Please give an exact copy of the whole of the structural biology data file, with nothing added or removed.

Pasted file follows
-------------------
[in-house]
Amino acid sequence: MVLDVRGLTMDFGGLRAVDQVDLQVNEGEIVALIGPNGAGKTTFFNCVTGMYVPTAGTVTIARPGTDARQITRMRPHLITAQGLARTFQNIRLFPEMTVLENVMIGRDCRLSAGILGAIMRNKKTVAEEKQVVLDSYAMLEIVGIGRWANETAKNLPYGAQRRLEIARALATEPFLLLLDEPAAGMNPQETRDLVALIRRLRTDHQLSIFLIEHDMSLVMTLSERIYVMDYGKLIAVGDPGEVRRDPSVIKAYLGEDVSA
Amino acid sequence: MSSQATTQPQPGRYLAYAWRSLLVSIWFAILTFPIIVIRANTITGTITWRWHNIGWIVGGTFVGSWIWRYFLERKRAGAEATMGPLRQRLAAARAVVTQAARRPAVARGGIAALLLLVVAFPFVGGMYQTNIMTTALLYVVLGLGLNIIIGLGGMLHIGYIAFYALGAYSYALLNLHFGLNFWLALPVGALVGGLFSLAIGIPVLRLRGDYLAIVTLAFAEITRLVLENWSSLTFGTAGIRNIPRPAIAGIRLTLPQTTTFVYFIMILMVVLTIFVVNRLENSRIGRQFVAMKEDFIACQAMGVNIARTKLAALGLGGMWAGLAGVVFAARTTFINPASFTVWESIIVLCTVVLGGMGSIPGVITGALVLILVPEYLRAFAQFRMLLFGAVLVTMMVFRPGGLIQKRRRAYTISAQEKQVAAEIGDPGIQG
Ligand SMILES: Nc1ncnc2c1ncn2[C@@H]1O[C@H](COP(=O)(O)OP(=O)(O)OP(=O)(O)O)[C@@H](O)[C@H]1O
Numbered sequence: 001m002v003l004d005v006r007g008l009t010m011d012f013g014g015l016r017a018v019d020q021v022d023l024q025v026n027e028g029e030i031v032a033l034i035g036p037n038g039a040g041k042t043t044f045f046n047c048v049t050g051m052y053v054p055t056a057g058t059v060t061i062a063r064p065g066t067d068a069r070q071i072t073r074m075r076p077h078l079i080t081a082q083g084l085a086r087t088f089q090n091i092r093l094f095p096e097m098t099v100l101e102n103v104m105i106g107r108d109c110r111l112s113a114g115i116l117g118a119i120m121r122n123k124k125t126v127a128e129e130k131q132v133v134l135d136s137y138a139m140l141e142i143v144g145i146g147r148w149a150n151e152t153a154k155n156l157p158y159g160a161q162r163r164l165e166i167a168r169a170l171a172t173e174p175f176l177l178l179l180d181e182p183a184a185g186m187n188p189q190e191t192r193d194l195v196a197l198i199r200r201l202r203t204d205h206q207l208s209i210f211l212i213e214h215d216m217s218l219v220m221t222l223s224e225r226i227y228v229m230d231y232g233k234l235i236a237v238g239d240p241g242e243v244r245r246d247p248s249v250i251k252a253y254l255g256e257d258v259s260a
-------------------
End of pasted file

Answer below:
[in-house]
Amino acid sequence: MVLDVRGLTMDFGGLRAVDQVDLQVNEGEIVALIGPNGAGKTTFFNCVTGMYVPTAGTVTIARPGTDARQITRMRPHLITAQGLARTFQNIRLFPEMTVLENVMIGRDCRLSAGILGAIMRNKKTVAEEKQVVLDSYAMLEIVGIGRWANETAKNLPYGAQRRLEIARALATEPFLLLLDEPAAGMNPQETRDLVALIRRLRTDHQLSIFLIEHDMSLVMTLSERIYVMDYGKLIAVGDPGEVRRDPSVIKAYLGEDVSA
Amino acid sequence: MSSQATTQPQPGRYLAYAWRSLLVSIWFAILTFPIIVIRANTITGTITWRWHNIGWIVGGTFVGSWIWRYFLERKRAGAEATMGPLRQRLAAARAVVTQAARRPAVARGGIAALLLLVVAFPFVGGMYQTNIMTTALLYVVLGLGLNIIIGLGGMLHIGYIAFYALGAYSYALLNLHFGLNFWLALPVGALVGGLFSLAIGIPVLRLRGDYLAIVTLAFAEITRLVLENWSSLTFGTAGIRNIPRPAIAGIRLTLPQTTTFVYFIMILMVVLTIFVVNRLENSRIGRQFVAMKEDFIACQAMGVNIARTKLAALGLGGMWAGLAGVVFAARTTFINPASFTVWESIIVLCTVVLGGMGSIPGVITGALVLILVPEYLRAFAQFRMLLFGAVLVTMMVFRPGGLIQKRRRAYTISAQEKQVAAEIGDPGIQG
Ligand SMILES: Nc1ncnc2c1ncn2[C@@H]1O[C@H](COP(=O)(O)OP(=O)(O)OP(=O)(O)O)[C@@H](O)[C@H]1O
Numbered sequence: 001m002v003l004d005v006r007g008l009t010m011d012f013g014g015l016r017a018v019d020q021v022d023l024q025v026n027e028g029e030i031v032a033l034i035g036p037n038g039a040g041k042t043t044f045f046n047c048v049t050g051m052y053v054p055t056a057g058t059v060t061i062a063r064p065g066t067d068a069r070q071i072t073r074m075r076p077h078l079i080t081a082q083g084l085a086r087t088f089q090n091i092r093l094f095p096e097m098t099v100l101e102n103v104m105i106g107r108d109c110r111l112s113a114g115i116l117g118a119i120m121r122n123k124k125t126v127a128e129e130k131q132v133v134l135d136s137y138a139m140l141e142i143v144g145i146g147r148w149a150n151e152t153a154k155n156l157p158y159g160a161q162r163r164l165e166i167a168r169a170l171a172t173e174p175f176l177l178l179l180d181e182p183a184a185g186m187n188p189q190e191t192r193d194l195v196a197l198i199r200r201l202r203t204d205h206q207l208s209i210f211l212i213e214h215d216m217s218l219v220m221t222l223s224e225r226i227y228v229m230d231y232g233k234l235i236a237v238g239d240p241g242e243v244r245r246d247p248s249v250i251k252a253y254l255g256e257d258v259s260a